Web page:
According to Simon Goeller, a partner at McKinsey & Company, “In the past, pharma was so focused on new compounds that they didn’t pay much attention to the value proposition of existing compounds. A combination of the loss of blockbuster revenue and waning pipelines has resulted in pharmaceutical companies focusing a greater deal of attention towards optimizing later lifecycle products and putting dedicated resources behind managing these more mature molecules.”
In 2008, Pfizer took the lead in this initiative by completely reorganizing its pharmaceutical segment into customer-focused business units — one of which was devoted specifically to established products. According to Pfizer’s 2008 Annual Report, “Established Products is taking a previously shrinking segment of Pfizer’s business and transforming it into an engine of growth through creative product enhancements, the licensing of additional products, and the promotion of Pfizer quality and customer care.”
Extension strategies such as reformulating drug delivery or finding new indications are common in pharma lifecycle management. Critics of pharma lifecycle management often cite reformulation in the “evergreening” debate, claiming that drug companies are more focused on their own economic value than the therapeutic value these extensions bring to patients. Recent political focus on drug pricing has seen policy makers pushing the FDA to target exclusivity periods to only the truly innovative products, rather than drugs that are minimally different from existing ones.
As a result, many branded pharma manufactures are re-evaluating their product lifecycle management strategies in order to best maximize products still under patent protection and provide true patient value. According to Goeller, “Which lifecycle management approach companies take always depends on how they feel they can best build a value position in the market. To be successful, manufacturers need to offer product extensions that bring true clinical benefits that improve the quality of life for patients.”
Catalent, for example, is helping its customers develop new drug-delivery formats that overcome a major formulation obstacle — poor solubility. Solubility is one of the most frequent culprits of poor bioavailability and limited drug absorption. According to Chris Halling, senior manager of global communications for Catalent Pharma Solutions, “Solubility of existing drugs is an issue that is often overlooked in favor of developing new drugs.” Catalent has extensive experience converting existing formulations into other forms such as softgels, which may offer a solution to solubility challenges, as well as patent benefits and numerous patient experience benefits. Softgels are perceived to generate a faster onset of action, can reduce API dose and side effects, and improve overall treatment performance. Additionally, softgels encourage compliance, as they are sometimes easier to swallow, appealing to specific patient groups, such as the elderly.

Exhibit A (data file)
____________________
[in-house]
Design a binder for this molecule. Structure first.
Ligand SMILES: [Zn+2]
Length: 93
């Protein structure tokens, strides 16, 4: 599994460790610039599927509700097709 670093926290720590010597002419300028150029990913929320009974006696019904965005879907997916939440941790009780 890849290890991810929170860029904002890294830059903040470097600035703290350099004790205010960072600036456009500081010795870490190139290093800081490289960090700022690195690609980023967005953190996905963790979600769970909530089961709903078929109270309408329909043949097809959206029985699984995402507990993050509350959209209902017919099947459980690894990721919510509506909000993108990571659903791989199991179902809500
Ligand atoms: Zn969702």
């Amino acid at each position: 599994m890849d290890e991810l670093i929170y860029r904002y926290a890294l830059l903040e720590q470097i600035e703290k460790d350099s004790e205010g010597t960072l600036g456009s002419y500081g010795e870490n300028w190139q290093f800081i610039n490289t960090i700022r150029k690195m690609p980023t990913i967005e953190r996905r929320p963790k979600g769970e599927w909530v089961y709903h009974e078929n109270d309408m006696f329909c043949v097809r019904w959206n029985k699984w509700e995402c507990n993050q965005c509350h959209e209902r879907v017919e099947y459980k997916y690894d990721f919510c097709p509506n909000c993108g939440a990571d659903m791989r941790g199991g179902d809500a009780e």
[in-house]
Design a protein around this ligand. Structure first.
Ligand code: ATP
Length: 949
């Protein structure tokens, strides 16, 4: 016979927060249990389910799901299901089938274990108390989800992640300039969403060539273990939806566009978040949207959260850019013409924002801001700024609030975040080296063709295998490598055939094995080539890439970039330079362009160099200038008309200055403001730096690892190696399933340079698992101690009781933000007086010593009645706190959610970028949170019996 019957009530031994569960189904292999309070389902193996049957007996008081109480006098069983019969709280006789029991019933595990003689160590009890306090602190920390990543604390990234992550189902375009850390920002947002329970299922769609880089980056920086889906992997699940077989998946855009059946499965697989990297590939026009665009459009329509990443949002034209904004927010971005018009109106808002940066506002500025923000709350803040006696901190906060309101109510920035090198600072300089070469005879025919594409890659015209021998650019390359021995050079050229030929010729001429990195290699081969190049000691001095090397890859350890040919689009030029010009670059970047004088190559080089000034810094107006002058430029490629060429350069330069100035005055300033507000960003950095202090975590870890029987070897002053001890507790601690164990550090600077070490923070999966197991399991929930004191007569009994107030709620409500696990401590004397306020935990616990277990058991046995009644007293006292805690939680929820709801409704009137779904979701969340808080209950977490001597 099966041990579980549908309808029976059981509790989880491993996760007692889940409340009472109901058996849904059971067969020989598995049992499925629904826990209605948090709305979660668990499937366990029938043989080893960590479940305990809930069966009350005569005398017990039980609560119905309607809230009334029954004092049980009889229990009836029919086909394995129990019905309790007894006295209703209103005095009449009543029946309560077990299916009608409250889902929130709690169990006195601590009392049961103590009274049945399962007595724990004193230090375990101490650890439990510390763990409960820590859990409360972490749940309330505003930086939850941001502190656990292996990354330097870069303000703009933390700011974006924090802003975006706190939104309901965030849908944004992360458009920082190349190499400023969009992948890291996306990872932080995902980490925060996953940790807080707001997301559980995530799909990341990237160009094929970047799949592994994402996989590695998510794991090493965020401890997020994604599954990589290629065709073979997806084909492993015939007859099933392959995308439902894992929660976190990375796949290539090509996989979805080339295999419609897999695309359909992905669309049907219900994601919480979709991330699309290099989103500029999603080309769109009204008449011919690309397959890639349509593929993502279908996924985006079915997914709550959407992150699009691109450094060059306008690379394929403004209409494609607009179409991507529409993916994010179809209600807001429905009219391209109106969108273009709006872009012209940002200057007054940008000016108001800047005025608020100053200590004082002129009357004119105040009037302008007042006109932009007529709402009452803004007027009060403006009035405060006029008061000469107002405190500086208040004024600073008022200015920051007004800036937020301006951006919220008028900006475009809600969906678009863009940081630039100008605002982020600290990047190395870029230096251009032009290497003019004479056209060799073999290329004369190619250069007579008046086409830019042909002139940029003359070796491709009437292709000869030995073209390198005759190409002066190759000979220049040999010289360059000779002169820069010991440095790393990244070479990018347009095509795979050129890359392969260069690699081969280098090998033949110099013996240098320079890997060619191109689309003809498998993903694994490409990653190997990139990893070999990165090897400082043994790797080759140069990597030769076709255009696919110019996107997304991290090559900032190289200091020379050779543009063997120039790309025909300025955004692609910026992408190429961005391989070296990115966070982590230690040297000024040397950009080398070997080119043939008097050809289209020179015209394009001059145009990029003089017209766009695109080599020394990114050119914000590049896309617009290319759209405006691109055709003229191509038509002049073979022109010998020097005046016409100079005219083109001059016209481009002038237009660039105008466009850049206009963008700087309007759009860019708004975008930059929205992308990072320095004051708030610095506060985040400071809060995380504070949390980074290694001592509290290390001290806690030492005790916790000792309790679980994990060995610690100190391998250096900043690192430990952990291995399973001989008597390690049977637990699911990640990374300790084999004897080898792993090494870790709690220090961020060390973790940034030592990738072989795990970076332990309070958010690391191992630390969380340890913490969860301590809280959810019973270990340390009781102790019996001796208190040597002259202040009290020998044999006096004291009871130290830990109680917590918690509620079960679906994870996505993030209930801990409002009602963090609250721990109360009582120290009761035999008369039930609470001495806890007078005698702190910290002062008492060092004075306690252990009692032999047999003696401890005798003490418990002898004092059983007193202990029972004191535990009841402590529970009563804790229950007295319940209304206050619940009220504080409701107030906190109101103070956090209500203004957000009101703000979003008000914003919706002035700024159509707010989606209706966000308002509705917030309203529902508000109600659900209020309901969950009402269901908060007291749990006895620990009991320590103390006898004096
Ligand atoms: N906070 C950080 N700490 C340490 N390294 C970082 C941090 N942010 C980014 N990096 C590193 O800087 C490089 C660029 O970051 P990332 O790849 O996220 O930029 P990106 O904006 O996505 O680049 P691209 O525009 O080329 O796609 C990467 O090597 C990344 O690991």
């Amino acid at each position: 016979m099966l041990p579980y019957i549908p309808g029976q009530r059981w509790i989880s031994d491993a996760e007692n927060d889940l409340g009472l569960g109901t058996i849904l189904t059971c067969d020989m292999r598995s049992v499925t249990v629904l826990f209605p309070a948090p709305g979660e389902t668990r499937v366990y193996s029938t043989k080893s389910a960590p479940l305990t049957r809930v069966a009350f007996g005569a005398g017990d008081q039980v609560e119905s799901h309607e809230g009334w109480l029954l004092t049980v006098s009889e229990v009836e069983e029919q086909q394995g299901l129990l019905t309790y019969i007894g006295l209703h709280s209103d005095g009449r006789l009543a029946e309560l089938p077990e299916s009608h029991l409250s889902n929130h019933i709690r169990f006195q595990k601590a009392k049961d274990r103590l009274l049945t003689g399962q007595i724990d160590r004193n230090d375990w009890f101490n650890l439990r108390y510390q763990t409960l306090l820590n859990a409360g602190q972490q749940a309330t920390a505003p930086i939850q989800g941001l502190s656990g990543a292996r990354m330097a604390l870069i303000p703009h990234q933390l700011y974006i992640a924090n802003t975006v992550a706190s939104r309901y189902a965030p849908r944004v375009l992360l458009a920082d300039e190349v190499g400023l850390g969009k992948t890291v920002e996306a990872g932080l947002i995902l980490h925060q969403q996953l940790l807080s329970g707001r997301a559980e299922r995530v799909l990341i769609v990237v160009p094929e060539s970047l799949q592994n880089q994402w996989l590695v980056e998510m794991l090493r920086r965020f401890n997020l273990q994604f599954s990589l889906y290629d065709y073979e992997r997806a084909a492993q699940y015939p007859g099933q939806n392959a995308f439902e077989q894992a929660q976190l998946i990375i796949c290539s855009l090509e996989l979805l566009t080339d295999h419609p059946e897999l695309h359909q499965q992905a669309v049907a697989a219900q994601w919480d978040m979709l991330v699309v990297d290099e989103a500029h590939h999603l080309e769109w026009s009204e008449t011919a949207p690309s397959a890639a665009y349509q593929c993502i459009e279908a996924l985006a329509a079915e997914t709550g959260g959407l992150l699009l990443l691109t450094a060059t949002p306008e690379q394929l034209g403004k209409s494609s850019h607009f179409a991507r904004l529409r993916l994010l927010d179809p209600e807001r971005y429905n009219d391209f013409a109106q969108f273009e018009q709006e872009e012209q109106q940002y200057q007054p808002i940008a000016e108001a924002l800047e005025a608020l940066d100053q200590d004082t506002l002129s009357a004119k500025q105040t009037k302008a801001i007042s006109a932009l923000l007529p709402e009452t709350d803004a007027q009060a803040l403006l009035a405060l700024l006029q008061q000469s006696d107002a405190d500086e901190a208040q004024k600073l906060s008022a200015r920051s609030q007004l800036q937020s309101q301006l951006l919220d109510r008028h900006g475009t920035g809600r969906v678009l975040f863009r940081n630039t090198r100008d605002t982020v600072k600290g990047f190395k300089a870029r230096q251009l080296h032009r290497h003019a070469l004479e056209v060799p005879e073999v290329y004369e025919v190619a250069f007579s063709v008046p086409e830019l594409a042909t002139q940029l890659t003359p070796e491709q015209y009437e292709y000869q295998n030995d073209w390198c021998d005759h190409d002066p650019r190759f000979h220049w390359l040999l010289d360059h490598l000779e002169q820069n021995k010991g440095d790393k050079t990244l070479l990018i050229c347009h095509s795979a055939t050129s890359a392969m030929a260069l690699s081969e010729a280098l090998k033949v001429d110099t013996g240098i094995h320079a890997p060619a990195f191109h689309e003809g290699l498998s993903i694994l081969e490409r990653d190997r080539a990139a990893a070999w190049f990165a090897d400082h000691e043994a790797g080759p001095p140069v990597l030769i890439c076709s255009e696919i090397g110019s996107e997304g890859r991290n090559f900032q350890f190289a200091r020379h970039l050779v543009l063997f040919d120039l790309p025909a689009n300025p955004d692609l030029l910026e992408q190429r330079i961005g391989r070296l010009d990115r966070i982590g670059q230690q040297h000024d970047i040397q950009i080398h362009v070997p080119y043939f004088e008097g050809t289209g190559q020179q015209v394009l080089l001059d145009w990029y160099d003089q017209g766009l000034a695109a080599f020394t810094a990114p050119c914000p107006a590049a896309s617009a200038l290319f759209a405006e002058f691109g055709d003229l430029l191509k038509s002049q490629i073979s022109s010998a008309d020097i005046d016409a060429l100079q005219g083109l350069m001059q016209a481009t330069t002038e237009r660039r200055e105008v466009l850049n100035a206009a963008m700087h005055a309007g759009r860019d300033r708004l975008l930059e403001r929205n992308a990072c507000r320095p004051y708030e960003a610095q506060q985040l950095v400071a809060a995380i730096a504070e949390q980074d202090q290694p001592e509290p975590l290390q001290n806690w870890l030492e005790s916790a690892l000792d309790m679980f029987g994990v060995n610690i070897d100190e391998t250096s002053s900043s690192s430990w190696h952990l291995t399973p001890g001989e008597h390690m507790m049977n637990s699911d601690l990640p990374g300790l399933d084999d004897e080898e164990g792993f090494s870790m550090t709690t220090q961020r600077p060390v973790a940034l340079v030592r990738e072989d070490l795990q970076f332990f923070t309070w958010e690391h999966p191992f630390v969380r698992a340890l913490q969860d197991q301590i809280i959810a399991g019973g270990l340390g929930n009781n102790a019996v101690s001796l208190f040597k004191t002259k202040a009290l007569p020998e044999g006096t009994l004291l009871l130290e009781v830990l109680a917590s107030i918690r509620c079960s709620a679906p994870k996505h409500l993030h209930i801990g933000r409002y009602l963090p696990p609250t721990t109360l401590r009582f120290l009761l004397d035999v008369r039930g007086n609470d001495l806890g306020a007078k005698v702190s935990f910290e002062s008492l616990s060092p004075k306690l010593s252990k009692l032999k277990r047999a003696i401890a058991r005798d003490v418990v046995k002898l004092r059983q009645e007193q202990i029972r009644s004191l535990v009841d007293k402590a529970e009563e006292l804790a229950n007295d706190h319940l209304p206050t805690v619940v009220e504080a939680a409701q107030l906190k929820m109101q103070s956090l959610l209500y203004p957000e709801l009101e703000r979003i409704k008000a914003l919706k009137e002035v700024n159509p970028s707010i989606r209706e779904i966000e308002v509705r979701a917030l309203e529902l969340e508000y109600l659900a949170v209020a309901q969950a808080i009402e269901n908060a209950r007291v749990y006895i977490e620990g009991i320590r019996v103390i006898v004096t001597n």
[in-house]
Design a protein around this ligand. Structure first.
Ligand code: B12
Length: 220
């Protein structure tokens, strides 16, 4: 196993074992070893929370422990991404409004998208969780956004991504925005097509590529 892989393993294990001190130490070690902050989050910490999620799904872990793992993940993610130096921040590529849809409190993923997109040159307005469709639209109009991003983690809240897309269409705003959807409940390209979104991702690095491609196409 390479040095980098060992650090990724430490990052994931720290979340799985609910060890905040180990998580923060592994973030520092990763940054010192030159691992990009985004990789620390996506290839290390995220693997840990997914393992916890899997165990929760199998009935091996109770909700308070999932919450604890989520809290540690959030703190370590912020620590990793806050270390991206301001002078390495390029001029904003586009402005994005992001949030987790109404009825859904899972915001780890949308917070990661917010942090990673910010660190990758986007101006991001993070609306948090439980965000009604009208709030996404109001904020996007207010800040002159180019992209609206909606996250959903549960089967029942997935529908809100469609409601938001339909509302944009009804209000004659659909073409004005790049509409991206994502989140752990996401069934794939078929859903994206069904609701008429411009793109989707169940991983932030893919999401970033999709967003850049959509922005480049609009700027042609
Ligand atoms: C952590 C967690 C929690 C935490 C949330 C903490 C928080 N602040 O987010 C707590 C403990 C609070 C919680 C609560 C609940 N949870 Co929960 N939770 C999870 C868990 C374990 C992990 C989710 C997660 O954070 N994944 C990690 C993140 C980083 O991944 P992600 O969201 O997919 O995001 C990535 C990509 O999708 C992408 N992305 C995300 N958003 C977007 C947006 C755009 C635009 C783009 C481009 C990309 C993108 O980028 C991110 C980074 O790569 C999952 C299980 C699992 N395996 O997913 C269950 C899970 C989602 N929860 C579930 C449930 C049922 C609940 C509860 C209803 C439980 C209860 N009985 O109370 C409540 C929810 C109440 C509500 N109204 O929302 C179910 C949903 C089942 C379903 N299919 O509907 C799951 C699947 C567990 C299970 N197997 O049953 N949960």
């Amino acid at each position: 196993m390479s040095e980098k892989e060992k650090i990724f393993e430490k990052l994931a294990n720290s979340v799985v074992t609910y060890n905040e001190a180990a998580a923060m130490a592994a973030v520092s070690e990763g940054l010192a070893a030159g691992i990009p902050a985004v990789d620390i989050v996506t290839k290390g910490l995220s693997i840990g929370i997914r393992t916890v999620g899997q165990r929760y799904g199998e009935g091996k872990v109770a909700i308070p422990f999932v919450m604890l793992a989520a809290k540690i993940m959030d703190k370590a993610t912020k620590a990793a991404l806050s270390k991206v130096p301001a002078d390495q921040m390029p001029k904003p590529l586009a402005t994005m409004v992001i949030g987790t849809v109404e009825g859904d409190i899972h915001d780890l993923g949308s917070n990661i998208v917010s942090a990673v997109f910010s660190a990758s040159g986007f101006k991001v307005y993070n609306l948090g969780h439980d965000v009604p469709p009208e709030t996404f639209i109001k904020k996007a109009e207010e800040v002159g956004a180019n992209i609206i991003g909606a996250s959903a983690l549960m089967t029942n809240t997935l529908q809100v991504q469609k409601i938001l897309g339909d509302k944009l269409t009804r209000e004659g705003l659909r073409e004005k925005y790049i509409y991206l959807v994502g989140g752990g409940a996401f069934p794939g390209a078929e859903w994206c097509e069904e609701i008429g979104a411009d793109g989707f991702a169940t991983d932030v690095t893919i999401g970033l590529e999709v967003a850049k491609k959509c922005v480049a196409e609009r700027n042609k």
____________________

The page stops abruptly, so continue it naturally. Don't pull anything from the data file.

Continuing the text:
These newly realized benefits become extremely important when looking to product lifecycle management as a patent extension strategy. Echoing the sentiments of Goeller, Halling says, “It is not worth doing unless you can truly differentiate your product and show patients a genuine brand value.”
BETTER LATE THAN NEVER?
It is universally acknowledged that a crucial component of product lifecycle management in general is timing — establishing a plan for patent expiration mitigation early in a product’s lifecycle. The unfortunate reality is that this rarely happens.
The extensive and exhausting process involved in getting an initial drug approval as well as managing existing products oftentimes means anticipating the patent expiration from the drug development stage is little more than “wishful thinking.”
“Today’s pharma companies are operating lean and are busy nurturing existing products and managing risk strategies,” says Knauer. “As such, being able to not only plan, but then strategically implement forward thinking product lifecycle extending or enhancing plans is challenging.” Knauer has offered several ideas around dovetailing improvement and enhancement of intellectual property and patent management plans:
1. More transparent licensing or grant options on the existing library of compounds, with exclusivity, to boost innovation and speed the process of drug discovery and development.
2. More comprehensive and deeper understanding of all international regulatory compliance additions and changes.
3. Development of collaborative academic-to-industry relationships to boost innovation and Intellectual Property generation.
4. Assess potential of emerging markets early, i.e., China, India, Middle East, Africa to understanding their challenges, demographics, specific diseases and resources available.
5. Encouraging patent reform, by working with foreign patent authorities in developing countries, for protection of their products through patent exclusivity enforcement.
Some pharmaceutical companies are finding ways to get ahead by researching extension options well in advance of patent expirations.